Wolf Point Herald

Roosevelt County Jail Roster For Dec. 10, 2015

(Editor’s Note: The Roosevelt County Sheriff’s Office distributes an inmate roster each week with charges and communities of residence to help keep the public informed and to illustrate that the jail has been dealing with overcrowding issues in the 17-bed facility. Names on the jail roster are those of everyone incarcerated and persons booked into the jail during the previous week and does not necessarily mean there is a new charge or conviction. Some individuals might be serving time for a previous conviction.)
As of Monday, Dec. 7, 13 inmates were housed in the Roosevelt County Jail. Valley County Detention Center was holding three females and one male to alleviate overcrowding.
The RCSO reported that the following individuals were incarcerated at the jail between Monday, Nov. 30, and Monday, Dec. 7:
•Frank Baker, 33, Wolf Point, criminal possession of dangerous drugs;
•James Burpee, 42,
Bainville, partner or family member assault;  
•Jason Daugherty, 37, Wolf Point, criminal possession of dangerous drugs [two counts], criminal possession of drug paraphernalia, attempted assault on a peace officer or judicial officer and resisting arrest;
•Christopher L. Hovey, 26, Williston, N.D., out-of- county warrant;
•Kevyn Johannesson, 26, Williston, N.D., fleeing or eluding a peace officer, criminal endangerment and obstructing a peace officer;
•Lavern Knoble, 53, Poplar, felony theft;
•John Kramer, 31, Williston, N.D., disorderly conduct and obstructing a peace officer;
•John Menz, 31, Poplar, driving under the influence, criminal child, possession of drug paraphernalia, criminal endangerment, driving under the influence  - detectable level of intoxication and driver under the influence of any drug [narcotics.];
•Adam Meyer, 36, Wolf Point, probation violation;
•Jesse Rodrigues, 24, Wolf Point, criminal contempt warrant;
•Jim Simpson, 47, Culbertson, driving under the influence - first offense;
•Benjamin Smith, 37, Williston, N.D., out-of- county warrant;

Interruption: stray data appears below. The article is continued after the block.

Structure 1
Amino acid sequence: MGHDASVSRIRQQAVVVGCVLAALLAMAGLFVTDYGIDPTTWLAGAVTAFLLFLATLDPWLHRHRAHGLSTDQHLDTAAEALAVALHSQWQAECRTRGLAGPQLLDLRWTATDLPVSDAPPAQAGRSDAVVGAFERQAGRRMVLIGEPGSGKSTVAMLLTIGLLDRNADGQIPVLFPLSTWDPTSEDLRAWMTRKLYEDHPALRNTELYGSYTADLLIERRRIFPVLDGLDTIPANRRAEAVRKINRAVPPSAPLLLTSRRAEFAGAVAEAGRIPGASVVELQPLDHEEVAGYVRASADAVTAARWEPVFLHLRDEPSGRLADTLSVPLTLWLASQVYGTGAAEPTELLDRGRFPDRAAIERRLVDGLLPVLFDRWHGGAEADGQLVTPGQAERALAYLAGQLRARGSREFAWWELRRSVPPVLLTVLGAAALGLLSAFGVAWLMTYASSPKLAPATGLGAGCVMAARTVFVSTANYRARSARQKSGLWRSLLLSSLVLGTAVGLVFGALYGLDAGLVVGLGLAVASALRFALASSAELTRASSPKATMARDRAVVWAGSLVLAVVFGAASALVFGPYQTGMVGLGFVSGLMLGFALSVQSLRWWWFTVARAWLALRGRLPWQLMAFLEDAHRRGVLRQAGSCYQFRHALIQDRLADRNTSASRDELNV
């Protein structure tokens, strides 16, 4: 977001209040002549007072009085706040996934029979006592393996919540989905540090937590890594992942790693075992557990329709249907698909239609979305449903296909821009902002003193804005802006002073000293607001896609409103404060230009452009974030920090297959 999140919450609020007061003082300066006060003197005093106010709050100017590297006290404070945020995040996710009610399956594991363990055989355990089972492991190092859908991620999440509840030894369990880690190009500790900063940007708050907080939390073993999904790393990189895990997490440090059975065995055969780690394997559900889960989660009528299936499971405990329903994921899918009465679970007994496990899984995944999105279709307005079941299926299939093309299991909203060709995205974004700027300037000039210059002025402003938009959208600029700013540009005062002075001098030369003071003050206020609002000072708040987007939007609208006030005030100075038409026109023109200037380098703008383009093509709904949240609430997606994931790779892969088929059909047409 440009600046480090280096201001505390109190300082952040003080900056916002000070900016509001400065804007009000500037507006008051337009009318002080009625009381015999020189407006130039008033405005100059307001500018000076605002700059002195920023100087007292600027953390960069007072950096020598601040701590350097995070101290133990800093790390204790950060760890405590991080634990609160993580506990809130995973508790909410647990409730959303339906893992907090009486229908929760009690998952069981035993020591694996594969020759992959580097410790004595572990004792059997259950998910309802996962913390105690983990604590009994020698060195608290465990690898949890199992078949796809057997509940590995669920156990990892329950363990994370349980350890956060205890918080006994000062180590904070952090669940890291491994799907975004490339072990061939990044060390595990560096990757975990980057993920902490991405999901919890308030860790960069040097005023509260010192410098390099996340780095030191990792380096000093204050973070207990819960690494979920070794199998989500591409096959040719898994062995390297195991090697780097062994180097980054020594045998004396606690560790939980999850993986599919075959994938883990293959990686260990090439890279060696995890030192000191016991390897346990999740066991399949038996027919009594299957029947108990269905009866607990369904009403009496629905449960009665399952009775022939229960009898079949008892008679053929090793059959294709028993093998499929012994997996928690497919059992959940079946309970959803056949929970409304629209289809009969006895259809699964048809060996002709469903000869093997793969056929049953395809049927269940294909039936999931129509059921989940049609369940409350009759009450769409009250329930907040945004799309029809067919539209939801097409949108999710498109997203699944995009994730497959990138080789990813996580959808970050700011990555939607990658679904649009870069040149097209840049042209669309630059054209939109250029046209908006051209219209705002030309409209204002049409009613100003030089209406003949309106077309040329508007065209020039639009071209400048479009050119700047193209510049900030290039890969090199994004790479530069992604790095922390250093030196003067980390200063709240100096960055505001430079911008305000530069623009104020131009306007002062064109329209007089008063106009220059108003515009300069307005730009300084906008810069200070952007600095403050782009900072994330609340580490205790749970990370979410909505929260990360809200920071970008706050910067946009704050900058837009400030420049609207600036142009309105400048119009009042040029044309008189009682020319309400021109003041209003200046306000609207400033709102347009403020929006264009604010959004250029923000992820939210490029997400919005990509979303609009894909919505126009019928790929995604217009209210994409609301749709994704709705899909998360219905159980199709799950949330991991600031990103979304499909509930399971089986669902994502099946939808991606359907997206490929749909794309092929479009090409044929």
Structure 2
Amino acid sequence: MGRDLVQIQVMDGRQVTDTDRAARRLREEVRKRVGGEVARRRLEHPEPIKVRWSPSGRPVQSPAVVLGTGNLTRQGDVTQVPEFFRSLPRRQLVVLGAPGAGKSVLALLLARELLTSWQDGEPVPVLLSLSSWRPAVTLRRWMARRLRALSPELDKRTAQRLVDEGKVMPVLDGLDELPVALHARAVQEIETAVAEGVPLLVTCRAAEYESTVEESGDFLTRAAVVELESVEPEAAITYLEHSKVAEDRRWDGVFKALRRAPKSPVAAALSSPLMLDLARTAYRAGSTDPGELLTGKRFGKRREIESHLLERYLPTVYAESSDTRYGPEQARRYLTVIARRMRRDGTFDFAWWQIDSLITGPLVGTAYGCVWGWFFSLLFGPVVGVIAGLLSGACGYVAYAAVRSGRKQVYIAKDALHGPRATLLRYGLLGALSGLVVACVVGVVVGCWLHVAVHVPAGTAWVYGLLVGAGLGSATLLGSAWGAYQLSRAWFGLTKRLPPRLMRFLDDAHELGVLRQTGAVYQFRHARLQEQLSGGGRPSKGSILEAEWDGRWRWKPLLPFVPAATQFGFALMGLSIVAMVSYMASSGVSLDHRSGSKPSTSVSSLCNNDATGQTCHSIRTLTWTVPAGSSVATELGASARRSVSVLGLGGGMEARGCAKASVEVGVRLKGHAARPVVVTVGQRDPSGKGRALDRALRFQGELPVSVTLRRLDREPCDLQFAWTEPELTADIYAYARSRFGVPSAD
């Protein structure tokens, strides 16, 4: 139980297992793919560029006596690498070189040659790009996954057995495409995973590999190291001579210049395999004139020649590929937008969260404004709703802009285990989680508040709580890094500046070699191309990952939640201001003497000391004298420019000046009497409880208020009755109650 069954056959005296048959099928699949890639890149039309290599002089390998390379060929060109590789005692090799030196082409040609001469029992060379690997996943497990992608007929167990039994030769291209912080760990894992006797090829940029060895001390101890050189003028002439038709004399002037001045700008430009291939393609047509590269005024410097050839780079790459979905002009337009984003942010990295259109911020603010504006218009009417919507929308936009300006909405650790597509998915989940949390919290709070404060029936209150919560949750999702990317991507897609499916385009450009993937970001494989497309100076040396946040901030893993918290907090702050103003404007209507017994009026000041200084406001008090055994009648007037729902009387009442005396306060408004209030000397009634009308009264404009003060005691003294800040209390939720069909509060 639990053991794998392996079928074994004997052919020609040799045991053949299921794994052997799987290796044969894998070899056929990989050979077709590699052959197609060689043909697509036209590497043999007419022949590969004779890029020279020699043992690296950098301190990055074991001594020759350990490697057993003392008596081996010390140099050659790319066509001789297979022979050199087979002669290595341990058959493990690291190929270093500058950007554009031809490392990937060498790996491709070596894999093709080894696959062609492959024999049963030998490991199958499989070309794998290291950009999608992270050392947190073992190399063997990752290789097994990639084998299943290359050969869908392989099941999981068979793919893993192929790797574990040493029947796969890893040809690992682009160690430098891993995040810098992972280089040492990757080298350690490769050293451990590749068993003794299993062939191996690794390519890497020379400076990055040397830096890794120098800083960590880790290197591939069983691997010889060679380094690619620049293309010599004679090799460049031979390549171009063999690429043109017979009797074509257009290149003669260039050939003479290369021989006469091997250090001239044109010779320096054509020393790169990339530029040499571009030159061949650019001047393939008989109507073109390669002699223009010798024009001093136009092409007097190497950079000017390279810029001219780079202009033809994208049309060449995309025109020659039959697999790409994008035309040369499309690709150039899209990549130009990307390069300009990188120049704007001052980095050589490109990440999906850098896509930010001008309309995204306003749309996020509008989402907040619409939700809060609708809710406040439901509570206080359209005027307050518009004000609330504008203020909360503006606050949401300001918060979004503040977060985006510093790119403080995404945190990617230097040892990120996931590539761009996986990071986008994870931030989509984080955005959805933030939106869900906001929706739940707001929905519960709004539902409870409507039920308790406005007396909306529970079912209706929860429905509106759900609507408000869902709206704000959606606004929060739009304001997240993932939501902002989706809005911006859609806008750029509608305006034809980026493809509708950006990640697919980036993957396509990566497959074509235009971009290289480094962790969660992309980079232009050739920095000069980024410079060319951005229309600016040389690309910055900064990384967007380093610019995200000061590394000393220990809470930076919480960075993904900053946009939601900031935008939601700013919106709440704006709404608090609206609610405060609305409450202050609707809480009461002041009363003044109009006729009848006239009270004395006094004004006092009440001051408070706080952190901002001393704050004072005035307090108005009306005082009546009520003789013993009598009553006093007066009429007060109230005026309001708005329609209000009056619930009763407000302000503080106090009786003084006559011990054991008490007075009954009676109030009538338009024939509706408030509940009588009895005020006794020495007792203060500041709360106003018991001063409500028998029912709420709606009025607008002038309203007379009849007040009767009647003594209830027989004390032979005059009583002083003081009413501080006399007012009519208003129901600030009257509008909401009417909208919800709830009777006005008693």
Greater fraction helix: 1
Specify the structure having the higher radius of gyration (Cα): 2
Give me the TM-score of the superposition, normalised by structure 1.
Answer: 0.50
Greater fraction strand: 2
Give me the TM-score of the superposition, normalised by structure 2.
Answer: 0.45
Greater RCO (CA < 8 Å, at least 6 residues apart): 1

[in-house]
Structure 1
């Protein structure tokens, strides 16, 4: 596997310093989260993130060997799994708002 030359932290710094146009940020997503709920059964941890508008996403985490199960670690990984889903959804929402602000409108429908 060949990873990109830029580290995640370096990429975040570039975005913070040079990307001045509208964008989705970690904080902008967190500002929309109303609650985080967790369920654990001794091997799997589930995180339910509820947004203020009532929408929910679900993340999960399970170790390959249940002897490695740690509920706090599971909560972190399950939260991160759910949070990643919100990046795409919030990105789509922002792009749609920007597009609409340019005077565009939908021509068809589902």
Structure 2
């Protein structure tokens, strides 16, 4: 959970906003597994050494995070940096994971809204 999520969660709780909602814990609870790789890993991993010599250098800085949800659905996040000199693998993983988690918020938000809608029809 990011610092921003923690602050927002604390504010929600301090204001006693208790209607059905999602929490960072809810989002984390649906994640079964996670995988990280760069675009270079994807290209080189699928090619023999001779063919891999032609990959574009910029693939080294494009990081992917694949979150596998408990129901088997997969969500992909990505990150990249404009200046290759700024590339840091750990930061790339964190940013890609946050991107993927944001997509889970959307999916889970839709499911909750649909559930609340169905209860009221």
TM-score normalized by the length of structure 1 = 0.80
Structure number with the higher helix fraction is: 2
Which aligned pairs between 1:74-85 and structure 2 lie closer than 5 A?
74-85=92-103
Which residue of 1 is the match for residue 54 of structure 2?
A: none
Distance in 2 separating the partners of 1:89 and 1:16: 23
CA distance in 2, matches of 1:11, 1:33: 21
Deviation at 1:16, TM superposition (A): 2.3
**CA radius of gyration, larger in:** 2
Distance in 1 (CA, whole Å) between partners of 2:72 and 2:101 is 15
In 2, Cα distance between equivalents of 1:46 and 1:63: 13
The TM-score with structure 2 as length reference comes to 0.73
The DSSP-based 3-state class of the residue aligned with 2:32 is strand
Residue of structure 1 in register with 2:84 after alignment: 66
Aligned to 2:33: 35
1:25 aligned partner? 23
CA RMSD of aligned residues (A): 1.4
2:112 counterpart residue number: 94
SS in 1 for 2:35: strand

•Monte Walton, 35, Poplar, endangering the welfare of a child, violation of a protective order, first offense, criminal possession of dangerous drugs and criminal possession of drug paraphernalia.

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Calling Savvy Hoopsters To Elks Hoop Shoot

It’s almost time for another Elks Hoop Shoot competition and the Wolf Point Elks Lodge is hoping to attract free throw virtuosos from around the area.
The local Elks Hoop Shoot free throw competition will be held in the Wolf Point High School gym Saturday, Dec. 19, with registrations at 10 a.m. and competition beginning at 11 a.m.
It is part of the Elks National Hoop Shoot free throw competition for boys and girls ages 8 to 13 with opportunities for savvy free throw shooters to turn their shooting skills into advancement by age group and gender to the regional competition at Sidney Middle School Jan. 9.
From there, the top finishers go onto the Montana state contest at Sleeping Giant Middle School in Livingston on Feb. 6. The national finals will be in Chicago, Ill., April 14-16. The national finals were held in Massachusetts the past several years.
The competition is divided into six groups by age and gender for ages 8 and 9, 10 and 11, and 12 and 13. Contestants are assigned an age group based on the age that he or she will be on April 1.